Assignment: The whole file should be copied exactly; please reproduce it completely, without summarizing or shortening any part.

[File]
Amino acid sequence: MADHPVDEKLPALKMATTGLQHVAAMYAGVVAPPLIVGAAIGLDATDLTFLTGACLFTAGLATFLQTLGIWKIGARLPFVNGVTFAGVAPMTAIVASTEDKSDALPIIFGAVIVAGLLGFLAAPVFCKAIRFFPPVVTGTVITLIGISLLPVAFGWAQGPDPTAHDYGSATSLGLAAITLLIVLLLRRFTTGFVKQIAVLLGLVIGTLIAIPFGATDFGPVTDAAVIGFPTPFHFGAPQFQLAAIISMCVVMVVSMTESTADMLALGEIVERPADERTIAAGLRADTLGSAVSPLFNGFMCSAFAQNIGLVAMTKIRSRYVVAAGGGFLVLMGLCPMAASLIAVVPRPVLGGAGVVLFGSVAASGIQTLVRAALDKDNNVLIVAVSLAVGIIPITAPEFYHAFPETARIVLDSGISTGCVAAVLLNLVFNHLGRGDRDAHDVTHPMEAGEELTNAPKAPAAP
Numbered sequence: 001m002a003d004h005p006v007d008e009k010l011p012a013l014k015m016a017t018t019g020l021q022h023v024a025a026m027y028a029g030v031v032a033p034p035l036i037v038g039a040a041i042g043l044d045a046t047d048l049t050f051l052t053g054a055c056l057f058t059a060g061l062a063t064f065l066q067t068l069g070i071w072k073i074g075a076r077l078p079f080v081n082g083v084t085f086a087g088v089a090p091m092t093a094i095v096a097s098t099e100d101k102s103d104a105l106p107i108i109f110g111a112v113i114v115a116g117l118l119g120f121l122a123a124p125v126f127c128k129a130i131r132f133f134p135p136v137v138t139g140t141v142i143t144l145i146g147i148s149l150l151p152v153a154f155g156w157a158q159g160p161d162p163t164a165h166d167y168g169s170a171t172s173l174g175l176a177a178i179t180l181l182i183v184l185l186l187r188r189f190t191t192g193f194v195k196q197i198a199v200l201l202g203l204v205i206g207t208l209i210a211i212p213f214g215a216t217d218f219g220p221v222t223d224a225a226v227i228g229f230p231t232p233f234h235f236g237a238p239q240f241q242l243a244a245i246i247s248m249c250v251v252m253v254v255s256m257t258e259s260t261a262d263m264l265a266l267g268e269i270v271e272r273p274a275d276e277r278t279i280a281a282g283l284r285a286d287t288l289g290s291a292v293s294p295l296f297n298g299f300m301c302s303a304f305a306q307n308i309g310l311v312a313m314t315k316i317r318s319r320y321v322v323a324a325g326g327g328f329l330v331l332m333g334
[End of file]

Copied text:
Amino acid sequence: MADHPVDEKLPALKMATTGLQHVAAMYAGVVAPPLIVGAAIGLDATDLTFLTGACLFTAGLATFLQTLGIWKIGARLPFVNGVTFAGVAPMTAIVASTEDKSDALPIIFGAVIVAGLLGFLAAPVFCKAIRFFPPVVTGTVITLIGISLLPVAFGWAQGPDPTAHDYGSATSLGLAAITLLIVLLLRRFTTGFVKQIAVLLGLVIGTLIAIPFGATDFGPVTDAAVIGFPTPFHFGAPQFQLAAIISMCVVMVVSMTESTADMLALGEIVERPADERTIAAGLRADTLGSAVSPLFNGFMCSAFAQNIGLVAMTKIRSRYVVAAGGGFLVLMGLCPMAASLIAVVPRPVLGGAGVVLFGSVAASGIQTLVRAALDKDNNVLIVAVSLAVGIIPITAPEFYHAFPETARIVLDSGISTGCVAAVLLNLVFNHLGRGDRDAHDVTHPMEAGEELTNAPKAPAAP
Numbered sequence: 001m002a003d004h005p006v007d008e009k010l011p012a013l014k015m016a017t018t019g020l021q022h023v024a025a026m027y028a029g030v031v032a033p034p035l036i037v038g039a040a041i042g043l044d045a046t047d048l049t050f051l052t053g054a055c056l057f058t059a060g061l062a063t064f065l066q067t068l069g070i071w072k073i074g075a076r077l078p079f080v081n082g083v084t085f086a087g088v089a090p091m092t093a094i095v096a097s098t099e100d101k102s103d104a105l106p107i108i109f110g111a112v113i114v115a116g117l118l119g120f121l122a123a124p125v126f127c128k129a130i131r132f133f134p135p136v137v138t139g140t141v142i143t144l145i146g147i148s149l150l151p152v153a154f155g156w157a158q159g160p161d162p163t164a165h166d167y168g169s170a171t172s173l174g175l176a177a178i179t180l181l182i183v184l185l186l187r188r189f190t191t192g193f194v195k196q197i198a199v200l201l202g203l204v205i206g207t208l209i210a211i212p213f214g215a216t217d218f219g220p221v222t223d224a225a226v227i228g229f230p231t232p233f234h235f236g237a238p239q240f241q242l243a244a245i246i247s248m249c250v251v252m253v254v255s256m257t258e259s260t261a262d263m264l265a266l267g268e269i270v271e272r273p274a275d276e277r278t279i280a281a282g283l284r285a286d287t288l289g290s291a292v293s294p295l296f297n298g299f300m301c302s303a304f305a306q307n308i309g310l311v312a313m314t315k316i317r318s319r320y321v322v323a324a325g326g327g328f329l330v331l332m333g334